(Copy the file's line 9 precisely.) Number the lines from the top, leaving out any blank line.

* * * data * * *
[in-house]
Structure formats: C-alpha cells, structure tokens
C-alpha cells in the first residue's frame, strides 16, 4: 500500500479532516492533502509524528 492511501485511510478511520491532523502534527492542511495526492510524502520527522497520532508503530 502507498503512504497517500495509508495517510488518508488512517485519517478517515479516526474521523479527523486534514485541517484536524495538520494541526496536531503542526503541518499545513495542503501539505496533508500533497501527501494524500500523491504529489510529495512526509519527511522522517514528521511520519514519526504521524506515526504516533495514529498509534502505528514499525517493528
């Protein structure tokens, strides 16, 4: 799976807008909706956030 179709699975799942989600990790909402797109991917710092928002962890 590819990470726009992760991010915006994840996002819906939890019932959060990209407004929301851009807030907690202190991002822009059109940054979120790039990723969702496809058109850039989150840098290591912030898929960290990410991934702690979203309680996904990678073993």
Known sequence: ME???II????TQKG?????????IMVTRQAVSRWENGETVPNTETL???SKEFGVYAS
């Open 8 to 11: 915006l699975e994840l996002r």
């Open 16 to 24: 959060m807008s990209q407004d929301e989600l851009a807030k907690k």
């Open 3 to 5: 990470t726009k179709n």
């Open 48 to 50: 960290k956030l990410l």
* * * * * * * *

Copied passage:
């Open 48 to 50: 960290k956030l990410l």